1 January 2015

390 EUR per month

 

1 January 2016

430 EUR per month

 

France

1 January 2014

1445.38 EUR per month

 

1 January 2015

1457.52 EUR per month

 

1 January 2016

1466.62 EUR per month

 

Germany

1 January 2015

8.50 EUR per hour

No change since then

Greece

1 January 2010

739.56 EUR per month

 

1 July 2011

751.39 EUR per month

 

14 February 2012

580.08 EUR per month

No change since then

Hungary

1 January 2014

101,500 HUF (322 EUR) per month

 

1 January 2015

105,000 HUF (333 EUR) per month

 

1 January 2016

111,000 HUF (353 EUR) per month

 

Ireland

1 July 2007

8.65 EUR per hour

 

1 January 2011

7.65 EUR per hour

Cut under the Financial Emergency Measures Bill

1 July 2011

8.65 EUR per hour

 

1 January 2015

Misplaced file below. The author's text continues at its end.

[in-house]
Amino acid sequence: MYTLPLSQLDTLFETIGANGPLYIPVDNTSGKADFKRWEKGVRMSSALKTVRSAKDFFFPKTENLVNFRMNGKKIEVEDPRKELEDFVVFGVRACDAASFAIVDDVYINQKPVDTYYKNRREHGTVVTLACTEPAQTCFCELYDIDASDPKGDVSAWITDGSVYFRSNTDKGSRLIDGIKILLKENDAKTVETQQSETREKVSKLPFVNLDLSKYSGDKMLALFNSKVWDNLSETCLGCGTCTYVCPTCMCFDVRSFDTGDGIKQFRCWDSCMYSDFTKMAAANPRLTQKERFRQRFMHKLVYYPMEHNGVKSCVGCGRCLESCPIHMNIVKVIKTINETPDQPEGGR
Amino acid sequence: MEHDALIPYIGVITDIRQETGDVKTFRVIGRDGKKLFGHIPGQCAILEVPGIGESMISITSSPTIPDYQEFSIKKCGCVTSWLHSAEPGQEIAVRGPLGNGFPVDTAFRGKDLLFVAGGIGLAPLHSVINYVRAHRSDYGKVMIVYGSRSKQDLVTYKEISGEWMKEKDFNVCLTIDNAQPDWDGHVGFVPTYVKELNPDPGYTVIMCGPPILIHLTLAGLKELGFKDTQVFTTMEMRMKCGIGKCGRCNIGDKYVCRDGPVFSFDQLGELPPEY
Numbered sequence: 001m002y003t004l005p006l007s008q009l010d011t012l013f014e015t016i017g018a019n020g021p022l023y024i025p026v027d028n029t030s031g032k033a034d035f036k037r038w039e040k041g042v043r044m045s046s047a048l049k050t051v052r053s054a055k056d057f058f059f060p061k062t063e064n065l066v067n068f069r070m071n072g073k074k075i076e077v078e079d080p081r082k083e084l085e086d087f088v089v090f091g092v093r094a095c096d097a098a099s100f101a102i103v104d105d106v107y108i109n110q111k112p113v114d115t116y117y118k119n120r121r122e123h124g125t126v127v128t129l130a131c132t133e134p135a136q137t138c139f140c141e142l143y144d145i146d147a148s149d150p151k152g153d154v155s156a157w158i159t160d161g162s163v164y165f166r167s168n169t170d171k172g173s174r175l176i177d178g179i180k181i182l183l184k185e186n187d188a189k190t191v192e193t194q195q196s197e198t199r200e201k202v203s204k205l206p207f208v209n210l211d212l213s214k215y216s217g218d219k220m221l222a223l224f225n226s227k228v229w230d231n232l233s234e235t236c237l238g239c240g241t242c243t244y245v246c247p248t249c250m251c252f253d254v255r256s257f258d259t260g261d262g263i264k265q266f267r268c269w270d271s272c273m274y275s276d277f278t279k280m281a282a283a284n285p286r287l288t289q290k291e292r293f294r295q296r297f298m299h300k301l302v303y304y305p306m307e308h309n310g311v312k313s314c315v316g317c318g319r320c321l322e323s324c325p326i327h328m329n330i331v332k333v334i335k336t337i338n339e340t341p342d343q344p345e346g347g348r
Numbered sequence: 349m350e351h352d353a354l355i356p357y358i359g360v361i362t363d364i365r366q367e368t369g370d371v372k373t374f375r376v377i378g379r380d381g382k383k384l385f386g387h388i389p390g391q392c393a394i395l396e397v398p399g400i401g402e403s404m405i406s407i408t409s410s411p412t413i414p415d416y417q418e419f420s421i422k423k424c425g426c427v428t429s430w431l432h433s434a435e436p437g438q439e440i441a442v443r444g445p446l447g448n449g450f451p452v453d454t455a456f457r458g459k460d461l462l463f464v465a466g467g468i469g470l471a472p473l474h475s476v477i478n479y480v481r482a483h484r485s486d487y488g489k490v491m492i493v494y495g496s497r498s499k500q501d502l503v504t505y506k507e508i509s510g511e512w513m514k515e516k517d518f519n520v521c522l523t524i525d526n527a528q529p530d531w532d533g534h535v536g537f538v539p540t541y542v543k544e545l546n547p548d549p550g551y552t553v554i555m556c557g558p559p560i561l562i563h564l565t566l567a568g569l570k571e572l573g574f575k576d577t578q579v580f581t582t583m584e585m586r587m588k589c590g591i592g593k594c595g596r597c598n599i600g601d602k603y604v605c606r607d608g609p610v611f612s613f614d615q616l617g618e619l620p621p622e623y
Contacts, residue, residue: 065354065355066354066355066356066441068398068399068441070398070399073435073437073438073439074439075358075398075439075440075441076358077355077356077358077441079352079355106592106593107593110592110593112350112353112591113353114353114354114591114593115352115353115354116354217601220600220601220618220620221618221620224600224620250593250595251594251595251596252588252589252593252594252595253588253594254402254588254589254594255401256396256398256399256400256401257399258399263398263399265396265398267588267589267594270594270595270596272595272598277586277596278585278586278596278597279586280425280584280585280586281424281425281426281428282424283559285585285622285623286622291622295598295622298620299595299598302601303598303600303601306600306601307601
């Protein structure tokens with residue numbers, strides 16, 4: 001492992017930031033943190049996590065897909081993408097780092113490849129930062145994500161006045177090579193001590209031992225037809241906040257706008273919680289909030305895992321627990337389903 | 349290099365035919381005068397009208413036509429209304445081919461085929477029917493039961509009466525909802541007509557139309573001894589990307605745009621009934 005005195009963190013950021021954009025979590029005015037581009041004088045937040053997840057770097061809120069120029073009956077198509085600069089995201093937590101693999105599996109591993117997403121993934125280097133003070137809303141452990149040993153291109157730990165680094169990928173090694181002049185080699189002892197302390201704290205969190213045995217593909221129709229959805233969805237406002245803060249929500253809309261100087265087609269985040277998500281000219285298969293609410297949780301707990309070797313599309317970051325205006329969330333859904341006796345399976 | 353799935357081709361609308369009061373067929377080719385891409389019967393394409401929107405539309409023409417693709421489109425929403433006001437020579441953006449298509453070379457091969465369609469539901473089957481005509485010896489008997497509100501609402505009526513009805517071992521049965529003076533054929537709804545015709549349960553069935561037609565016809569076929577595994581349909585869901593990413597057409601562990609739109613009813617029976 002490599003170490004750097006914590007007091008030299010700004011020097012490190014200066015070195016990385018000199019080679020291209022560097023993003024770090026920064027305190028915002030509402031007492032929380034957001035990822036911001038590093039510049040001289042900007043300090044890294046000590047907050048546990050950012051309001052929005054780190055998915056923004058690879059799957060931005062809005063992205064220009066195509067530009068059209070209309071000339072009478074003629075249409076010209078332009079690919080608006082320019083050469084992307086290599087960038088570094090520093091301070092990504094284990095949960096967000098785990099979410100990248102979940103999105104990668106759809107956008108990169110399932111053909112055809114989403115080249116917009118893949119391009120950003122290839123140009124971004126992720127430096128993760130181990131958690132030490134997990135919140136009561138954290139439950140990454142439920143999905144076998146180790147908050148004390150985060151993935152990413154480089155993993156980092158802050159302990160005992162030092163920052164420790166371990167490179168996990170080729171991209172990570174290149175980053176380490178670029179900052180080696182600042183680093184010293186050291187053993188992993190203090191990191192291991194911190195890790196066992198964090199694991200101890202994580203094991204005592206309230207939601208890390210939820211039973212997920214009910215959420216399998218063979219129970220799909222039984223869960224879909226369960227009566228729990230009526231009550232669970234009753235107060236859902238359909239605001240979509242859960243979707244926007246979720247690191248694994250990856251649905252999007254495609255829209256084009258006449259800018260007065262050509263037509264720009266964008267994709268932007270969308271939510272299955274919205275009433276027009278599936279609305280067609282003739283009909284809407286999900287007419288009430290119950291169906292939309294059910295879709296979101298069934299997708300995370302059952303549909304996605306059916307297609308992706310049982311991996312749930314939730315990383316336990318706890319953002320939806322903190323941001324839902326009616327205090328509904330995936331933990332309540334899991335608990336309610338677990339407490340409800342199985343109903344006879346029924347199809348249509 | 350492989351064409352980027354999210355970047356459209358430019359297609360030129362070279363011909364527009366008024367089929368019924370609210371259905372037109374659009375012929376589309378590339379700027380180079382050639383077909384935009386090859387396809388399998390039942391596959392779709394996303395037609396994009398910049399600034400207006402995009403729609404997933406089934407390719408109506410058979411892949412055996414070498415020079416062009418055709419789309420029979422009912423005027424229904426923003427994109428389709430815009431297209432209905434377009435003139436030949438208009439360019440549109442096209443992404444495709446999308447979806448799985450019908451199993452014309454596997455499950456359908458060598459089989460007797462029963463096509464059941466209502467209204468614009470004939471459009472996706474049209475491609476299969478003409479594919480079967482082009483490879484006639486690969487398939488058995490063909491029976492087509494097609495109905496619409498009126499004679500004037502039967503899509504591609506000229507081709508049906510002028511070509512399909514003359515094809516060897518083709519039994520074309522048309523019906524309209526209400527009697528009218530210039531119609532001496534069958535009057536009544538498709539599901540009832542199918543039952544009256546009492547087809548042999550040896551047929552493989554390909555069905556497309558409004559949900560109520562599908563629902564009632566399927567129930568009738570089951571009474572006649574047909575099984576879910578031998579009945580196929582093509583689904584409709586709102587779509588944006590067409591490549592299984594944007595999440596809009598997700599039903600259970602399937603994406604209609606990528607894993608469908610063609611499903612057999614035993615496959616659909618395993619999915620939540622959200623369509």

8.65 EUR per hour

 

1 January 2016

9.15 EUR per hour

 

Latvia

1 January 2013

200 LVL (284.6 EUR) per month

 

1 January 2014

320 EUR per month

 

1 January 2015

360 EUR per month

 

1 January 2016

370EUR per month

 

Lithuania

1 January 2013

1,000 LTL (290 EUR) per month

 

1 October 2014

1,035 LTL (300 EUR) per month

 

1 July 2015

325 EUR per month

 

1 January 2016

350 EUR per month

 

Luxembourg

1 October 2013

1921.03 EUR per month

 

1 January 2015

1922.96 EUR per month

 

Malta

1 January 2014

165.58 EUR  per week

 

1 January 2015

166.26 EUR per week

 

1 January 2016

168.01 EUR per week

 

Netherlands

1 January 2014

1,485.60 EUR per month

 

1 July 2014

1,495.20 EUR per month

 

1 January 2015

1,501.80 EUR per month

 

1 July 2015

1,507.80 EUR per month

 

1 January 2016

1,524.60 EUR per month

 

Poland

1 January 2014

1,680  PLN (390 EUR) per month

 

1 January 2015

1,750 PLN (407 EUR) per month